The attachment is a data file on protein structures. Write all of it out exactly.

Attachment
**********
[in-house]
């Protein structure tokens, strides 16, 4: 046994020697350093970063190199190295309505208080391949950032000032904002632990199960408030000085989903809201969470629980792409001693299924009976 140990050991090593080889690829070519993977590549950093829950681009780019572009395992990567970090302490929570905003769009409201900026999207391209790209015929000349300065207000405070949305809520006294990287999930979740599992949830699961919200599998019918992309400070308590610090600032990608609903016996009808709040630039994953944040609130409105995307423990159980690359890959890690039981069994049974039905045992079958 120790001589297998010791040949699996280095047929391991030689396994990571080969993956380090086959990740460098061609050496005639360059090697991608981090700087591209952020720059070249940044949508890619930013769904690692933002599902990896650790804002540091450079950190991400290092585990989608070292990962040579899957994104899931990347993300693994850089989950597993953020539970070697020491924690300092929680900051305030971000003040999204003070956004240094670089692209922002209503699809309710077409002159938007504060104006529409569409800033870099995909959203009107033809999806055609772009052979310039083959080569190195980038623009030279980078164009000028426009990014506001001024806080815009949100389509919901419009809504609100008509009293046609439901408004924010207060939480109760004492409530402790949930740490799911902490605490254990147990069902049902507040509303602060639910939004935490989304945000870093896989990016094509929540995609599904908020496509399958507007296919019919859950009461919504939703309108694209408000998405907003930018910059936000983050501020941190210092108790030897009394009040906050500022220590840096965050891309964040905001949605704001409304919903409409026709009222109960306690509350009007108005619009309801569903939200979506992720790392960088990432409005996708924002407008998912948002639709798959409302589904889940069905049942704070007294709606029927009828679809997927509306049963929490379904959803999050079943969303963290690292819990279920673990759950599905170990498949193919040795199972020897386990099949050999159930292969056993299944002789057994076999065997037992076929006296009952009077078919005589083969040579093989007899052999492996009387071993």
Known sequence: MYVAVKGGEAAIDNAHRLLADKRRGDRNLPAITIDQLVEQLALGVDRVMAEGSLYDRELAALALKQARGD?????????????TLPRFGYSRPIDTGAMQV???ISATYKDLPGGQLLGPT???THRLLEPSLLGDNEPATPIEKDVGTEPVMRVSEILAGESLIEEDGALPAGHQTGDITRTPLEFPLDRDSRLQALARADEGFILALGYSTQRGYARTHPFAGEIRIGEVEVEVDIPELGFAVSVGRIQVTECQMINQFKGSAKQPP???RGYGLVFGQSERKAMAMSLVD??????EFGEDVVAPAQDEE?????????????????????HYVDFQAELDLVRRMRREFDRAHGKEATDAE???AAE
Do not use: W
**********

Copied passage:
[in-house]
């Protein structure tokens, strides 16, 4: 046994020697350093970063190199190295309505208080391949950032000032904002632990199960408030000085989903809201969470629980792409001693299924009976 140990050991090593080889690829070519993977590549950093829950681009780019572009395992990567970090302490929570905003769009409201900026999207391209790209015929000349300065207000405070949305809520006294990287999930979740599992949830699961919200599998019918992309400070308590610090600032990608609903016996009808709040630039994953944040609130409105995307423990159980690359890959890690039981069994049974039905045992079958 120790001589297998010791040949699996280095047929391991030689396994990571080969993956380090086959990740460098061609050496005639360059090697991608981090700087591209952020720059070249940044949508890619930013769904690692933002599902990896650790804002540091450079950190991400290092585990989608070292990962040579899957994104899931990347993300693994850089989950597993953020539970070697020491924690300092929680900051305030971000003040999204003070956004240094670089692209922002209503699809309710077409002159938007504060104006529409569409800033870099995909959203009107033809999806055609772009052979310039083959080569190195980038623009030279980078164009000028426009990014506001001024806080815009949100389509919901419009809504609100008509009293046609439901408004924010207060939480109760004492409530402790949930740490799911902490605490254990147990069902049902507040509303602060639910939004935490989304945000870093896989990016094509929540995609599904908020496509399958507007296919019919859950009461919504939703309108694209408000998405907003930018910059936000983050501020941190210092108790030897009394009040906050500022220590840096965050891309964040905001949605704001409304919903409409026709009222109960306690509350009007108005619009309801569903939200979506992720790392960088990432409005996708924002407008998912948002639709798959409302589904889940069905049942704070007294709606029927009828679809997927509306049963929490379904959803999050079943969303963290690292819990279920673990759950599905170990498949193919040795199972020897386990099949050999159930292969056993299944002789057994076999065997037992076929006296009952009077078919005589083969040579093989007899052999492996009387071993």
Known sequence: MYVAVKGGEAAIDNAHRLLADKRRGDRNLPAITIDQLVEQLALGVDRVMAEGSLYDRELAALALKQARGD?????????????TLPRFGYSRPIDTGAMQV???ISATYKDLPGGQLLGPT???THRLLEPSLLGDNEPATPIEKDVGTEPVMRVSEILAGESLIEEDGALPAGHQTGDITRTPLEFPLDRDSRLQALARADEGFILALGYSTQRGYARTHPFAGEIRIGEVEVEVDIPELGFAVSVGRIQVTECQMINQFKGSAKQPP???RGYGLVFGQSERKAMAMSLVD??????EFGEDVVAPAQDEE?????????????????????HYVDFQAELDLVRRMRREFDRAHGKEATDAE???AAE
Do not use: W